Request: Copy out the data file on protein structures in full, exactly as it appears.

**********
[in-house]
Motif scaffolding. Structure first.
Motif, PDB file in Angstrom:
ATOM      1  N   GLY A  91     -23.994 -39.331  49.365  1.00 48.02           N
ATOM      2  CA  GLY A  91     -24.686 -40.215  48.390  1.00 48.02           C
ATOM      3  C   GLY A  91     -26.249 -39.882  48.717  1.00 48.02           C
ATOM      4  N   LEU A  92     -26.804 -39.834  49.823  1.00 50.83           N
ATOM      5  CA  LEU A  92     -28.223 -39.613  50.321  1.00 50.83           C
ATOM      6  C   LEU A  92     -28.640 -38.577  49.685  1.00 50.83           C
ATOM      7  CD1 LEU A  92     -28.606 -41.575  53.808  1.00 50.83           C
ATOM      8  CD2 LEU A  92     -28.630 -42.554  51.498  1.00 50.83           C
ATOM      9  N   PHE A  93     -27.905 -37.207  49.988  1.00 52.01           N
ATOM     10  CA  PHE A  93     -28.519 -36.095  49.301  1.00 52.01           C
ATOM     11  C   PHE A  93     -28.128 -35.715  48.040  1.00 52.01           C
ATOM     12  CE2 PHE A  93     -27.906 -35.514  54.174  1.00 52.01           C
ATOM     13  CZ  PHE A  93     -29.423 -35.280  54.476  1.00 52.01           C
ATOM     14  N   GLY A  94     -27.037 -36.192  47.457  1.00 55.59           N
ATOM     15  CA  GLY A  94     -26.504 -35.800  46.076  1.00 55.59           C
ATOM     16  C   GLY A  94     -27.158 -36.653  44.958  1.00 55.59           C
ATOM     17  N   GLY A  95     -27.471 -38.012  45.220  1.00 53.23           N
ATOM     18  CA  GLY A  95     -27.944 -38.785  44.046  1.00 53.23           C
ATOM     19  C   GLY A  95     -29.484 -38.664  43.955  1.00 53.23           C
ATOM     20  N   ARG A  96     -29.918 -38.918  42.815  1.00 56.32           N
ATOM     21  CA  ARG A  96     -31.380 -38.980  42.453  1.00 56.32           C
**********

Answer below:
[in-house]
Motif scaffolding. Structure first.
Motif, PDB file in Angstrom:
ATOM      1  N   GLY A  91     -23.994 -39.331  49.365  1.00 48.02           N
ATOM      2  CA  GLY A  91     -24.686 -40.215  48.390  1.00 48.02           C
ATOM      3  C   GLY A  91     -26.249 -39.882  48.717  1.00 48.02           C
ATOM      4  N   LEU A  92     -26.804 -39.834  49.823  1.00 50.83           N
ATOM      5  CA  LEU A  92     -28.223 -39.613  50.321  1.00 50.83           C
ATOM      6  C   LEU A  92     -28.640 -38.577  49.685  1.00 50.83           C
ATOM      7  CD1 LEU A  92     -28.606 -41.575  53.808  1.00 50.83           C
ATOM      8  CD2 LEU A  92     -28.630 -42.554  51.498  1.00 50.83           C
ATOM      9  N   PHE A  93     -27.905 -37.207  49.988  1.00 52.01           N
ATOM     10  CA  PHE A  93     -28.519 -36.095  49.301  1.00 52.01           C
ATOM     11  C   PHE A  93     -28.128 -35.715  48.040  1.00 52.01           C
ATOM     12  CE2 PHE A  93     -27.906 -35.514  54.174  1.00 52.01           C
ATOM     13  CZ  PHE A  93     -29.423 -35.280  54.476  1.00 52.01           C
ATOM     14  N   GLY A  94     -27.037 -36.192  47.457  1.00 55.59           N
ATOM     15  CA  GLY A  94     -26.504 -35.800  46.076  1.00 55.59           C
ATOM     16  C   GLY A  94     -27.158 -36.653  44.958  1.00 55.59           C
ATOM     17  N   GLY A  95     -27.471 -38.012  45.220  1.00 53.23           N
ATOM     18  CA  GLY A  95     -27.944 -38.785  44.046  1.00 53.23           C
ATOM     19  C   GLY A  95     -29.484 -38.664  43.955  1.00 53.23           C
ATOM     20  N   ARG A  96     -29.918 -38.918  42.815  1.00 56.32           N
ATOM     21  CA  ARG A  96     -31.380 -38.980  42.453  1.00 56.32           C